Eberly researchers in the Department of Geology and Geography launched the West Virginia Water Quality Impact Portal
Water You Want?
Earlier this week, Eberly researchers in the Department of Geology and Geography launched the West Virginia Water Quality Impact Portal launched. This web portal has been developed by the IsoBioGem Laboratory and WV GIS Technical Center as part of an ongoing EPA grant "Integration of State and Federal Data Exchanges, Web Tools, and Geo-Platforms to Develop Water Quality Information Portal for WV Shale Gas Regions." The objective of WVWQIP is to enable users to analyze and visualize surface and groundwater quality data in relation to hotspots of shale gas development in the 14 counties of WV where most of the active Marcellus Shale gas development has taken place. This project is led by Shikha Sharma (Geology & Geography), her Ph.D. student Rachel Yesenchak, and Maneesh Sharma and Yibing Han from the WV GIS Tech Center.
From WVU ECAS Research News
A rapid research response to COVID-19’s effect on communities
A WVU Geography professor, Jamison Conley, is among an interdisciplinary team of researchers from WVU to study Appalachia from a wide range of perspectives.
Over the next eight weeks, the team will conduct a series of surveys of Appalachian residents to measure their thoughts, feelings and behaviors related to COVID-19 and how they change over time. Their goal is to learn what attributes about people determine their perceptions of crisis recommendations and how they respond.Learn more here.
WVU Humanities Center announces recipients of ‘Life in the Time of COVID-19’ grants
A WVU Geography assistant professor, Jamie Shinn , was awarded one of seven “Life in the Time of COVID-19” grants to research projects that address the pandemic from a humanistic perspective.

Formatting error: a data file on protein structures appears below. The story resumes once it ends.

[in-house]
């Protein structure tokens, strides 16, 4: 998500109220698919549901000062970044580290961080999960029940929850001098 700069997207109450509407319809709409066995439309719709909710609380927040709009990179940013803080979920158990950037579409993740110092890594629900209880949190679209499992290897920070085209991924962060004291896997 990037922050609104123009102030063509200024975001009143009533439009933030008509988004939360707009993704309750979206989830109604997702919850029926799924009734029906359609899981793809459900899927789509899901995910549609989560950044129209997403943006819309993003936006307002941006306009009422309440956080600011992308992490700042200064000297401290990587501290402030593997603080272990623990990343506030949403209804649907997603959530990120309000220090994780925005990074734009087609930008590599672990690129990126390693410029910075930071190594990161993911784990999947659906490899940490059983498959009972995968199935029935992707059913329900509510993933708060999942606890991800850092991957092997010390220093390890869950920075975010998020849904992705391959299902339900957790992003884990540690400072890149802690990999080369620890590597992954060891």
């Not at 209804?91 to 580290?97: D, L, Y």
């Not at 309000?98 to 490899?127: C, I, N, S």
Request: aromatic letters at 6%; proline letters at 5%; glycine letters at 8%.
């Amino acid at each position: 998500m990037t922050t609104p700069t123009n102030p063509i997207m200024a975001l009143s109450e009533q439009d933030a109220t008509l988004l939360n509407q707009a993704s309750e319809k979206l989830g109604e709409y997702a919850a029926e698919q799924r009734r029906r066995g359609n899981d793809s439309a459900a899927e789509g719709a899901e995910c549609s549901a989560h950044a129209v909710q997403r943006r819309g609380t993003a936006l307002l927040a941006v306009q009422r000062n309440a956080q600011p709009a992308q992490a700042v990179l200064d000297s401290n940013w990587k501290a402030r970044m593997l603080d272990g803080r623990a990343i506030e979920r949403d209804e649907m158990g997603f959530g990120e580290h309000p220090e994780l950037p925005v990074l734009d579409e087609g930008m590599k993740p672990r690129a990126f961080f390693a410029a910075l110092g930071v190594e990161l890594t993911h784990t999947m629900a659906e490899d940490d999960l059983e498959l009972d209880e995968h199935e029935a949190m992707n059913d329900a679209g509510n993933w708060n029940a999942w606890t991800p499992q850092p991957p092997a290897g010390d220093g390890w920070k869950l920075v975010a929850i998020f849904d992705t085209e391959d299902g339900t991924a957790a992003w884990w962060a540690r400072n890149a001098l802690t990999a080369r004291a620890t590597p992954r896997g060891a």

Funded by the WVU Humanities Center through a WVU endowment from the Claude Worthington Benedum Foundation, all of the projects offer a voice to those living in smaller towns and rural areas, as well as address what might otherwise be substantial gaps in our understanding of Life in the Time of COVID-19 in the Appalachian region.
Finding renewal in the aftermath of floods
Four years after the disastrous flooding in southern West Virginia, new research from West Virginia University’s Department of Geology and Geography highlights the role faith-based groups and other community organizations have played in the relief and recovery efforts.
In summer 2017, assistant professors of geography Jamie Shinn and Martina Angela Caretta in the Eberly College of Arts and Sciences interviewed 21 Greenbrier County residents and members of relief organizations to understand the lasting effects of flooding in their communities.
“Once we spent some time talking to people and seeing firsthand the devastating impacts the floods had there, we were motivated to understand the social impacts more deeply,” Shinn said. “In particular, we wanted to understand how the recovery efforts following the floods created a new sense of hope among residents that they could rebuild their towns into something better than they had been before the floods. Instead of the story being one of recovery, it became one of revitalization.”
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Geography doctoral student, Sara Loftus featured in WBOY video.
Finding community in digital spaces
“Since I have worked from home for more than 20 years, COVID-19 hasn’t changed my day-to-day very much,” Loftus said in a remote interview from Huntington, where she cares for her adult son, who lives with life-threatening and technology-dependent medical conditions. “What it has done is allow a window into my world for those people around me.”
Geography Master's Student named a Rachel Carson Campus Fellow
Brandon Rothrock is a second-year master’s student at West Virginia University where he is working towards his Master of Arts in Geography and a graduate certificate in Women’s and Gender Studies. Brandon’s work focuses on the intersection of climate change and gender and sexuality.
We offer several student organizations to help you make the most of of your education.
Summer Undergraduate Research Experience
Selected students are awarded a $3,500 stipend for eight weeks of mentored research. An additional $2,000 is available for travel to a professional conference or for supplies.
Live WVU Weather Station
The Brooks Hall weather station obtains real-time meteorological data for teaching and research in physical geography, and it presents current weather conditions on campus. It was the first WVU weather station bought with NSF funding.